The US Centers for Disease Control and Prevention (CDC), Division of Cancer Prevention and Control (DCPC) is a leader in nationwide cancer prevention and control, working with national organizations, state health agencies and other key groups to develop, implement, and promote effective cancer prevention and control practices.

The Canadian Naturopathic Association  is a not-for-profit professional association representing the interests of naturopathic doctors and promoting naturopathic medicine throughout Canada. Its membership consists of naturopathic doctors, naturopathic medical students, suppliers of natural remedies for professional use, and the provincial naturopathic associations.

The Alberta Association of Naturopathic Practitioners has a web site called:Naturopathic Medicine Alberta. This site offers access to a list of practitioners in the province with contact information and brief practice notes that give you an idea about the type of practice of each person listed. There is not a lot more than this on the site at the time of listing.

The BCNA, a professional association for naturopathic doctors in British Columbia, has a web site: Naturopathic Medicine. The association offers articles about naturopathy through its web site, health news with a BC focus and access to information about naturopathic education. The association also provides client referrals to naturopathic doctors throughout the province.

The Annie Appleseed Project was created by a woman with cancer who wanted to be able to make educated and informed choices about the various therapies available to her. The project acts to spread news, views and information about access to alternative cancer therapies. Much of the information on the site comes from clients. There are many useful resources on this site; among them are links to other sites where useful information about alternative therapies can be located.

Information Resource: About Herbs, Botanicals & Other Products: This site provides objective information for oncologists and healthcare professionals, including a clinical summary for each agent and details about constituents, adverse effects, interactions, and potential benefits or problems. Evaluations of alternative or unproved cancer therapies are included.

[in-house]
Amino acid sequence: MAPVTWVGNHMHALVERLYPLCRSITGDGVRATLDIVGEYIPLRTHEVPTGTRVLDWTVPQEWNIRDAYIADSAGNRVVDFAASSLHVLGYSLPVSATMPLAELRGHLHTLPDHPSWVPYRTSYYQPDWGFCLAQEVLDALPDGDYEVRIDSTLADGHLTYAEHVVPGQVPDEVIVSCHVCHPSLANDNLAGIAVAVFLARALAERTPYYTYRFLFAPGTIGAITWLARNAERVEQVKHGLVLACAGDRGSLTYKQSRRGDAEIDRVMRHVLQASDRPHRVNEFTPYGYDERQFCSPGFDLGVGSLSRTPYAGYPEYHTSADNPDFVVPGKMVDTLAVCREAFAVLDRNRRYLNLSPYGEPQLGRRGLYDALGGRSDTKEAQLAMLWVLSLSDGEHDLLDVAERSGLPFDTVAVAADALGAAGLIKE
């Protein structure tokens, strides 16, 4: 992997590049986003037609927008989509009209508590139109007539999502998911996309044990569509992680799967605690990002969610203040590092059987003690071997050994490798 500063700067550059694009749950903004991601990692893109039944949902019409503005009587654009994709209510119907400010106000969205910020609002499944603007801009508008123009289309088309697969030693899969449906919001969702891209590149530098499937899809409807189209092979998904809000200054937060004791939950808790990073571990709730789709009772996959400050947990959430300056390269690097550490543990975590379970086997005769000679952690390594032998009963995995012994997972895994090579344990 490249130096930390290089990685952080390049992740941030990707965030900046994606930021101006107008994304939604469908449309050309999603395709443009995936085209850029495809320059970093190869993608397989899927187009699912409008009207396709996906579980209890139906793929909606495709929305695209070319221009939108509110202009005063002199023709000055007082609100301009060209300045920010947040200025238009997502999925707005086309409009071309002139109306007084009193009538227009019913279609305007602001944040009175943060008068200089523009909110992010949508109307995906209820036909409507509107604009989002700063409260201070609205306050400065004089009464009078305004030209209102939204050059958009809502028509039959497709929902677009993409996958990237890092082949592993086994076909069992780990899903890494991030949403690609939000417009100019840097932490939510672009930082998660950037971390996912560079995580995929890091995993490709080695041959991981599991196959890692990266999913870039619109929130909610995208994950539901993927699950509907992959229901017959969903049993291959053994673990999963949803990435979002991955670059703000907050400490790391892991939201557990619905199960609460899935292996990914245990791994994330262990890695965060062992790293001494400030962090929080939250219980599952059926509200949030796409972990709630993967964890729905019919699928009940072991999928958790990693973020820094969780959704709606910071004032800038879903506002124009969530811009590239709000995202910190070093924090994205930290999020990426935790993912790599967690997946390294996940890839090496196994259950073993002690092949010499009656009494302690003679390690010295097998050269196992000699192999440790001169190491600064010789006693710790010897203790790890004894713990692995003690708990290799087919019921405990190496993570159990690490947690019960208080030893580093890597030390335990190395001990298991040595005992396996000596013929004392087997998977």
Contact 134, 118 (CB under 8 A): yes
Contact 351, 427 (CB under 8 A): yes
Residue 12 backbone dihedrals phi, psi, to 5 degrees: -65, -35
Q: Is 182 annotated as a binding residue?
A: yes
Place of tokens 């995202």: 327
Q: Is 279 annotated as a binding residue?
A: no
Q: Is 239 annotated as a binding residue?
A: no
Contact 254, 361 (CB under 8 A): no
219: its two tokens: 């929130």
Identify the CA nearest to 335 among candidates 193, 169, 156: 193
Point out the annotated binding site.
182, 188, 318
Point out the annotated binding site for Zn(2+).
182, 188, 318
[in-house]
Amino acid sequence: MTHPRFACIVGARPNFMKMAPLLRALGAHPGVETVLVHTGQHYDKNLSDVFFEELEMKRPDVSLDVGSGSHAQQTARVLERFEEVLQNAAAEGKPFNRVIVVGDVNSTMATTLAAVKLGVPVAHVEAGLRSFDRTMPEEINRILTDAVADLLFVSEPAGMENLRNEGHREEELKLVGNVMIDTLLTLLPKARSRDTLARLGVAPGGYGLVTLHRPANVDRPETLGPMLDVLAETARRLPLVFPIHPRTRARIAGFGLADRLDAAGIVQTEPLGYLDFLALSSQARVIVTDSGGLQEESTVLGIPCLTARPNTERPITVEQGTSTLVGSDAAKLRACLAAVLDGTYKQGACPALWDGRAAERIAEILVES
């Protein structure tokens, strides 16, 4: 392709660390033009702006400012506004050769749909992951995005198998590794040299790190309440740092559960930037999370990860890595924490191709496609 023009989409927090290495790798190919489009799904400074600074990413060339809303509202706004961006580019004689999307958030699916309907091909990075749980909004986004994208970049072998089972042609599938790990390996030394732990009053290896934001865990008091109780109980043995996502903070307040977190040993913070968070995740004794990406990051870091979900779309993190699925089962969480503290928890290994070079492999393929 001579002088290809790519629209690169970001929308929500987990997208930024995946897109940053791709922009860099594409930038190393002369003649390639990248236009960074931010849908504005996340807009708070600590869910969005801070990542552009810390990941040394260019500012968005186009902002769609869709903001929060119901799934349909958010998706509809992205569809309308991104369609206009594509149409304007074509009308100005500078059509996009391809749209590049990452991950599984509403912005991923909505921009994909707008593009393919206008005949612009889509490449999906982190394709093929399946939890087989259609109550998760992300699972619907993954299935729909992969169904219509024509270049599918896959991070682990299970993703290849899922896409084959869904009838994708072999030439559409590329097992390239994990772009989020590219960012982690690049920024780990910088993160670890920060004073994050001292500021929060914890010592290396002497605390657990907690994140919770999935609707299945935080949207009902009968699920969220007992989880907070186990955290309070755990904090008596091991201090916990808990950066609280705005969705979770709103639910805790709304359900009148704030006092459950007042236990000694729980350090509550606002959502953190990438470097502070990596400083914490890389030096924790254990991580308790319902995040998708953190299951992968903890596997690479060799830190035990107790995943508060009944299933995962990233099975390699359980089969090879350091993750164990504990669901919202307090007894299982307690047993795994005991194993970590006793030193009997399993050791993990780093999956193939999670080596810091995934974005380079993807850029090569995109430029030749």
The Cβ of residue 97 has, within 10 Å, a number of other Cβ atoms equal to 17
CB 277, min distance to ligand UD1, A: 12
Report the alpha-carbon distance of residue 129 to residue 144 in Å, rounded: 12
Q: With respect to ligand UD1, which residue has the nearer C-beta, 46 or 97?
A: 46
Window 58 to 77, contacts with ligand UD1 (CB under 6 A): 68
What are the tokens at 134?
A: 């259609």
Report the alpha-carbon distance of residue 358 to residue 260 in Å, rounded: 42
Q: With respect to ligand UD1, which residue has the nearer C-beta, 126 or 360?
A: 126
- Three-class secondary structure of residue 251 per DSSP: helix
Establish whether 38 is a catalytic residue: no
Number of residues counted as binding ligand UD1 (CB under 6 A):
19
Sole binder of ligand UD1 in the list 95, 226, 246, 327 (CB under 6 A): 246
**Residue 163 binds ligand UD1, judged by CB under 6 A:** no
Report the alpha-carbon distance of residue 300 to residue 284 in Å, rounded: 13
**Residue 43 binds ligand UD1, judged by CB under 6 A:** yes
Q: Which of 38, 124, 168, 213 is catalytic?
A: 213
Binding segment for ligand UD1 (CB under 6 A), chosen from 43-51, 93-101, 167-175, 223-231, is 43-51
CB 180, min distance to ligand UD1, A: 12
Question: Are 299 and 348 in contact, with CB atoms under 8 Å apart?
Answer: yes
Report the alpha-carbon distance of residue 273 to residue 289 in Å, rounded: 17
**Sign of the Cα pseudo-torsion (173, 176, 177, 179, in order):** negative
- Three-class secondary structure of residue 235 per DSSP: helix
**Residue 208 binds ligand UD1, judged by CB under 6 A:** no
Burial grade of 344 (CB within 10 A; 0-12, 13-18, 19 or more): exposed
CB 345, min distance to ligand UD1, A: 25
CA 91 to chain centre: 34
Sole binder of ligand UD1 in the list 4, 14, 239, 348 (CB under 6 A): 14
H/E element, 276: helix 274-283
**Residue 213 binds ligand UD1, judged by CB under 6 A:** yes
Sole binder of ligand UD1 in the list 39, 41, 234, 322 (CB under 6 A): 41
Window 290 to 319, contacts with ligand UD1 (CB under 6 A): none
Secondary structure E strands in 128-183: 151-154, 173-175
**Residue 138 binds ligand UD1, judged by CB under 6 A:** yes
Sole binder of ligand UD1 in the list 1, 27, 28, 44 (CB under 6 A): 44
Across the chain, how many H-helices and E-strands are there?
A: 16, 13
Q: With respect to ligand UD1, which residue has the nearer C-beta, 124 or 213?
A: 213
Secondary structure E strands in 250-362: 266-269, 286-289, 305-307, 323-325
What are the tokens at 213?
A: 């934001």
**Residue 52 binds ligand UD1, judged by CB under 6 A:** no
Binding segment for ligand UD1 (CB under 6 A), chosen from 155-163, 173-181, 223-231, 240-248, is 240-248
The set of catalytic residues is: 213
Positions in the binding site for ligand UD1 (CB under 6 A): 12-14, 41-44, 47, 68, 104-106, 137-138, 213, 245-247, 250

Unconventional Cancer Therapies: Manual for Clients  is a publication of the BC Cancer Agency. The manual offers a great deal of information on a variety of cancer treatment modalities in order to assist the client in critically evaluating claims made by proponents of unproven or unconventional cancer therapies. It is arranged simply in alphabetic fashion by the names of the therapies covered. Entries are standardized so that you can quickly find the claims that are made for the therapy and the possible toxic effects of treatment, among other kinds of information. References to publications for further reading are often available.

 The M. D. Anderson Cancer Center Complementary/Integrative Medicine Education Resources contains evidence-based reviews of complementary or alternative cancer therapies as well as links to other authoritative resources. The website is offered to help clients and physicians decide how best to integrate such therapies into their care., from the U.S. National Cancer Institute now includes a section onComplementary and Alternative Medicine, providing information for alternative therapies, as it does on cancer, in general. Under the general heading:Complementary and Alternative Medicine you will find entries for topics such as: 714-X, Cancell, Coenzyme Q-10, Shark Cartilage, Gerson Therapy, Laetrile, Mistletoe and more. Each entry is thoroughly researched and has lots of references to other sources of information. A note indicates that the information has been compiled for use by doctors and other professionals, but explanations of the technical terms used are available and a confidence level for the evidence given is shown.

National Center for Complementary and Alternative Medicine (NCCAM): One of the 27 USA institutes and centers that make up the National Institutes of Health (NIH). It is dedicated to exploring complementary and alternative healing practices in the context of rigorous science, training complementary and alternative medicine (CAM) researchers, and disseminating authoritative information to the public and professionals.